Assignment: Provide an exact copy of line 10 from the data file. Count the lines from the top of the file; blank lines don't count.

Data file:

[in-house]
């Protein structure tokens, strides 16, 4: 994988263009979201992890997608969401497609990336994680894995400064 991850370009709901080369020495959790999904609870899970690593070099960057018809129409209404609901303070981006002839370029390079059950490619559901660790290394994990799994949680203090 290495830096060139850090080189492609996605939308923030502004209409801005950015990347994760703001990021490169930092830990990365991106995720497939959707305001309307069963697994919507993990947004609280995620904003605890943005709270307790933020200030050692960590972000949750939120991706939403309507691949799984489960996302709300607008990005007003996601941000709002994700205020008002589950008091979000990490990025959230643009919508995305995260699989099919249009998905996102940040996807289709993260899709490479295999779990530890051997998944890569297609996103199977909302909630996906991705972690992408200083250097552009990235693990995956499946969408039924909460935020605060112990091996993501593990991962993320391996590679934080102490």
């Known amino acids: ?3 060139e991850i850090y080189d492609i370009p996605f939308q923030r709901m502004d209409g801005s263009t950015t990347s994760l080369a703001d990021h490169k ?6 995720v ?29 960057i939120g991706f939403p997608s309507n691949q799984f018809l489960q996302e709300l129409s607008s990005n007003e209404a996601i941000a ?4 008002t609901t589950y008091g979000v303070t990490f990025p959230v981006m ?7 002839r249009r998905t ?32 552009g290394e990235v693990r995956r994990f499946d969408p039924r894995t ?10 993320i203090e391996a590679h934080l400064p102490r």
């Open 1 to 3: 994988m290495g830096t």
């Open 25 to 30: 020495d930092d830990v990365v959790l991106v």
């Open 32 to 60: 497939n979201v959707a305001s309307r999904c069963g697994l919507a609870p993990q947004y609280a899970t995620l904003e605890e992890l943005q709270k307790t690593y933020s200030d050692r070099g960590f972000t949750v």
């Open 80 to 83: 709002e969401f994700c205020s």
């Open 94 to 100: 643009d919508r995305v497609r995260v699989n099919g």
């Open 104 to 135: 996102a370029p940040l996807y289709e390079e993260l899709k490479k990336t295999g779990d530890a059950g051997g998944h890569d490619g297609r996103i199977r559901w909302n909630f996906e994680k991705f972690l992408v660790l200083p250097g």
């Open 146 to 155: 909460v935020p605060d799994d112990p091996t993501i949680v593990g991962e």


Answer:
């Open 146 to 155: 909460v935020p605060d799994d112990p091996t993501i949680v593990g991962e």